With the first major "Demon Knights" storyline over, Paul Cornell and Diogenes Neves take a bit of a breather and invite in guest artist Bernard Chang to help tell the story of how Madame Xanadu and the Demon became a couple. While this isn't a bad story, it does feel slightly misplaced in terms of series chronology.
The story of the relationship between the two characters is handled well; you learn about life in Camelot (or at least one Camelot), the troubles that Jason Blood and the Demon go through as they share the same body and why there's anything but a happy ending in store for the star-crossed lovers. It's a little slight in places, but it makes the love between Madame Xanadu, Jason and the Demon much more interesting; there's a bit of punch to these two central characters.
More importantly, Chang's art looks great as ever. He's been using several different styles lately and for "Demon Knights" #8 he goes for a smooth, clean approach. It's a good choice for Cornell's script; it makes the scenes set in Camelot feel that much more classic and heroic and it helps them serve as a sharp contrast for when things go horribly wrong later down the line. For such a pretty art style, it makes the destruction of a town that faces the Demon's wrath later look jarring and bloody, giving the moment an extra punch.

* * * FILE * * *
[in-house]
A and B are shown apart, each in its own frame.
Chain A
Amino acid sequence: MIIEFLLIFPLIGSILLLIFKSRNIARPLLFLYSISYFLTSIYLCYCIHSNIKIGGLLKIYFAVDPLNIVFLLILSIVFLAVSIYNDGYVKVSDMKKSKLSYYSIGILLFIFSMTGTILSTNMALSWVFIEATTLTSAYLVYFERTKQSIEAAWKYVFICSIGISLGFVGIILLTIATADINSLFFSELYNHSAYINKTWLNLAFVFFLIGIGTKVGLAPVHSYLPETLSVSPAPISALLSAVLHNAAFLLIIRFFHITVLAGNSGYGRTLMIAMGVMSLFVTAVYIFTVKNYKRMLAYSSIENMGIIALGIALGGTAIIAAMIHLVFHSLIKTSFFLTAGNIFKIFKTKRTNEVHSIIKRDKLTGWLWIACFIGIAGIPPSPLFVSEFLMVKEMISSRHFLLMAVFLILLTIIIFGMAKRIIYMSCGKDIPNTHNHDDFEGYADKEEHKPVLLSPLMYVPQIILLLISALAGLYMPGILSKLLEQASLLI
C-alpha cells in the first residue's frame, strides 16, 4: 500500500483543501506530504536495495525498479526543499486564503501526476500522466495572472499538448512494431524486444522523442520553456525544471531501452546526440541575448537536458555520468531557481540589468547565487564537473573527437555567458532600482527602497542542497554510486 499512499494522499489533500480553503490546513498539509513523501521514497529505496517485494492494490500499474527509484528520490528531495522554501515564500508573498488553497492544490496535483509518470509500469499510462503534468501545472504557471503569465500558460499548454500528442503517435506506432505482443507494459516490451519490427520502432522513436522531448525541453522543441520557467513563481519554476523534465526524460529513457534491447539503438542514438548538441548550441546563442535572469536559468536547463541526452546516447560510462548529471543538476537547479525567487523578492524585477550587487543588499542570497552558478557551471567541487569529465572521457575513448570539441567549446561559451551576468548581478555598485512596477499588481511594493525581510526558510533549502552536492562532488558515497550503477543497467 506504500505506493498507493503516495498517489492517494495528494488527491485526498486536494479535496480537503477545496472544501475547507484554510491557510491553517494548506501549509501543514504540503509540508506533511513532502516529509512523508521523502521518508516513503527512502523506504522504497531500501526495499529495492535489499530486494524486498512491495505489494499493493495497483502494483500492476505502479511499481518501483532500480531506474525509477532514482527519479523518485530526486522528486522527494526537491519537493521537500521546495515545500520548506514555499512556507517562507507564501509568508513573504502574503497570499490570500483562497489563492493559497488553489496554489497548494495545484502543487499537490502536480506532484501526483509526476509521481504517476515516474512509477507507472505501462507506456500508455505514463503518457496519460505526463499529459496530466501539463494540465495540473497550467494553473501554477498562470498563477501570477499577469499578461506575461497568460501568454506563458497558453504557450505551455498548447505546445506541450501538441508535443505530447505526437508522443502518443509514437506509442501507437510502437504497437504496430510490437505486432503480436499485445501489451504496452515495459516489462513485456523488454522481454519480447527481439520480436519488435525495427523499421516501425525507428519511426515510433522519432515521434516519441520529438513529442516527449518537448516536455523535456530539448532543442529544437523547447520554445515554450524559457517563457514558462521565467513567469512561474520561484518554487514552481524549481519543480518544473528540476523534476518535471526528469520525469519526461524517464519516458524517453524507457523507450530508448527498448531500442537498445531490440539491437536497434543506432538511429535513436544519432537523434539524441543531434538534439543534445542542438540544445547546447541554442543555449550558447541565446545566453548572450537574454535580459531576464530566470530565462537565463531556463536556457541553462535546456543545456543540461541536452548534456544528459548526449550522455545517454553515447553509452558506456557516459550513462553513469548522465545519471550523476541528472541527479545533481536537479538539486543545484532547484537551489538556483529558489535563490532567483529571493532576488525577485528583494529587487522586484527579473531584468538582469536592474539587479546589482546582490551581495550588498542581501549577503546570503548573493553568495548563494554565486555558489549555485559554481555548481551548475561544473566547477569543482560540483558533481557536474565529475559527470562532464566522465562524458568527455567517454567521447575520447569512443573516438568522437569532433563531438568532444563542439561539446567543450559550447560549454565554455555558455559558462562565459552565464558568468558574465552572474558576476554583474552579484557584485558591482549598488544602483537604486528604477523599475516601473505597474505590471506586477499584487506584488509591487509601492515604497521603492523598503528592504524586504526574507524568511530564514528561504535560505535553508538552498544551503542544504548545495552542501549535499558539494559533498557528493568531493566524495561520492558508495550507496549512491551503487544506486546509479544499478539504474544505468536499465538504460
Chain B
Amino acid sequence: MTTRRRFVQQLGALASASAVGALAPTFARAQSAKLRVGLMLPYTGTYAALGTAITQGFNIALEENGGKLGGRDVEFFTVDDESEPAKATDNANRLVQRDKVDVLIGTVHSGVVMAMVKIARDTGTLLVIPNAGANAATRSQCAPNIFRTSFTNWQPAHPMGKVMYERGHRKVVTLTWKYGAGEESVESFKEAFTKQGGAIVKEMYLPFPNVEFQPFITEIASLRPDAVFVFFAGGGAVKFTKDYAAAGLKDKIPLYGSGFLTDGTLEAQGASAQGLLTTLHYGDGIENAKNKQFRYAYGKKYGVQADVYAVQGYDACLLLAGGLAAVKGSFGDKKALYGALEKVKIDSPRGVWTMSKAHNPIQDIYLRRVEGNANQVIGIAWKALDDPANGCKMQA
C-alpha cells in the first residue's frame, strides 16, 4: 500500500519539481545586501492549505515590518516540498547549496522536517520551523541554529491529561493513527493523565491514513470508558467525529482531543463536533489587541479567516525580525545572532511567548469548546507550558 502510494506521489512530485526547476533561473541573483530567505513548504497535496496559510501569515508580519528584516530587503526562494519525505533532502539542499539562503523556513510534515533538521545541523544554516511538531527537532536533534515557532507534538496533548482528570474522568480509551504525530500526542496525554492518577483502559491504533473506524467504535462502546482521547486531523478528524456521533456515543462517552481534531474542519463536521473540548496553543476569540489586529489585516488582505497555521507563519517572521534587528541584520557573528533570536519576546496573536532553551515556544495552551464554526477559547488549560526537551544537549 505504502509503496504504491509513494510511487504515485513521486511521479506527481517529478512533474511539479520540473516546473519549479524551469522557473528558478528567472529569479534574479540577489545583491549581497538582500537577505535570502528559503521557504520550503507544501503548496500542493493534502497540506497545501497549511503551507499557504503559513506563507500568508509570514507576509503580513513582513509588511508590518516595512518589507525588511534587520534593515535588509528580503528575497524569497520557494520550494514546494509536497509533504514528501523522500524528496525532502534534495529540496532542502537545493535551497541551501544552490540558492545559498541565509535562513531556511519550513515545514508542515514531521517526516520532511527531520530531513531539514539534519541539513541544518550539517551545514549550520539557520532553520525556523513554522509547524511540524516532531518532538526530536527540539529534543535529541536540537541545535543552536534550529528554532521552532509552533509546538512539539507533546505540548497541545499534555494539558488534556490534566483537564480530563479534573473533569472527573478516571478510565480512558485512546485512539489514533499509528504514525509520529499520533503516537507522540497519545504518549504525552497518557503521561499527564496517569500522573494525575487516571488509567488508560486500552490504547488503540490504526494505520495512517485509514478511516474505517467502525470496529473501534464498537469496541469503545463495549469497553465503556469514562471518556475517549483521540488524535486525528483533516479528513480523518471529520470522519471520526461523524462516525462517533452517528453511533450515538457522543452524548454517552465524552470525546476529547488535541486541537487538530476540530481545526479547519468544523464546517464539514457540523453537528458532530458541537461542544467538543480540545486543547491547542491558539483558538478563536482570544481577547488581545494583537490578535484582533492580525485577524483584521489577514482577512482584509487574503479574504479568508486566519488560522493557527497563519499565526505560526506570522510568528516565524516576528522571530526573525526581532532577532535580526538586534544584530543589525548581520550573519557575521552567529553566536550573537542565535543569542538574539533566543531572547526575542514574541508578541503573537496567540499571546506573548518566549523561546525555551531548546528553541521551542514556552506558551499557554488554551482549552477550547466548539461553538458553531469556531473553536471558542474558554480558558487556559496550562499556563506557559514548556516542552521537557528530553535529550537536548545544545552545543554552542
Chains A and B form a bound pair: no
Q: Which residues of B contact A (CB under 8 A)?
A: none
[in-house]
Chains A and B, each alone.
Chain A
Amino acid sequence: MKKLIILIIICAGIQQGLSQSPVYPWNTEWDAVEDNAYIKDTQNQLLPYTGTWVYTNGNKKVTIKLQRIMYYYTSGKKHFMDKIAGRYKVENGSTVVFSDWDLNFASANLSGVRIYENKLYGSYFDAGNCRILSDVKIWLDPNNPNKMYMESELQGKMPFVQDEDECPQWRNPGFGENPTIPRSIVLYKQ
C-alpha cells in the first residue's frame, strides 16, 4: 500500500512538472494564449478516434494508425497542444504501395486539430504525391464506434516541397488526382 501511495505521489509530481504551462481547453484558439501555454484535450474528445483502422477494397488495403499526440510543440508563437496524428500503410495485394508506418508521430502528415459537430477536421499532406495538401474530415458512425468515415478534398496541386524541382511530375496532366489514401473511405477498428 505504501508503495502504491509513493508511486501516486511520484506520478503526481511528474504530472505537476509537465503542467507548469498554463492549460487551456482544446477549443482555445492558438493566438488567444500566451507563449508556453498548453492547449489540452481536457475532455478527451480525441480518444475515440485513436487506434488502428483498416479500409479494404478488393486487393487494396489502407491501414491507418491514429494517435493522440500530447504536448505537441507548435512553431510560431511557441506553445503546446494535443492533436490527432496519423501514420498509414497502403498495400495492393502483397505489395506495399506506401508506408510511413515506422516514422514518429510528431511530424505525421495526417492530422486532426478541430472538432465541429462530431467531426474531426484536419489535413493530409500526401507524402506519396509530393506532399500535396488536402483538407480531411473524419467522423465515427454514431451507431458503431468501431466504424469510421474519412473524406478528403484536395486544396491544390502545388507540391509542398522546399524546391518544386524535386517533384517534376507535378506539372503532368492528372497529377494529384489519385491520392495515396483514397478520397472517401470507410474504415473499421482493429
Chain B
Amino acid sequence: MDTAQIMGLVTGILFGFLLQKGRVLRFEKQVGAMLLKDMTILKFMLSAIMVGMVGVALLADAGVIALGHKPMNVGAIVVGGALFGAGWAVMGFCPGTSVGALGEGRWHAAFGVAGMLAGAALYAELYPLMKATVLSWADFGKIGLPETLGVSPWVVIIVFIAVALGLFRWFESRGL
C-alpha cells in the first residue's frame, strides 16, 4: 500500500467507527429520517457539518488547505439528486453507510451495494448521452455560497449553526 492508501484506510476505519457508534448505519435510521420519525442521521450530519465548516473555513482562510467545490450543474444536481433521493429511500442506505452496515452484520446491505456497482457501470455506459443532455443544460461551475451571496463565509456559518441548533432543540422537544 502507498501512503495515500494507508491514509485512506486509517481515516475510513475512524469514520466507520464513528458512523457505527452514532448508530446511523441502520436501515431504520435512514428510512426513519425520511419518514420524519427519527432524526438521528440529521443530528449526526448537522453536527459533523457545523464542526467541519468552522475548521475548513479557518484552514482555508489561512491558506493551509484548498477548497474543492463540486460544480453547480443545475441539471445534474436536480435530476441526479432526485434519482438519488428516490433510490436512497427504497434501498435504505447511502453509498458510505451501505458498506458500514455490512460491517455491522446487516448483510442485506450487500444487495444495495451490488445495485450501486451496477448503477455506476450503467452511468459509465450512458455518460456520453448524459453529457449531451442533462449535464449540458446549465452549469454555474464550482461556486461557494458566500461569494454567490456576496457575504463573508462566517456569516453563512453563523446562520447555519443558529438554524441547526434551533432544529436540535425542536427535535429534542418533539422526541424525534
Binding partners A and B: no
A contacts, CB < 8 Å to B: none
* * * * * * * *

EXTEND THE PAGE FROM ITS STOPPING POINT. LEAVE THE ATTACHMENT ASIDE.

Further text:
The one problem with "Demon Knights" #8 is that this story has to sidestep the bigger issues raised in the previous months. Vandal Savage's betrayal of the team is brushed under the proverbial carpet on a single page, barely dealt with and certainly not in a satisfying way. Hopefully future conflicts between characters -- especially ones of this magnitude -- won't be pushed aside similarly.
Still, "Demon Knights" #8 is a nice issue, but it's a shame it doesn't serve as well as epilogue to the previous seven issues as one might have hoped. It's good, but I think it would have been better served in another month or two instead of on the heels of such a big storyline.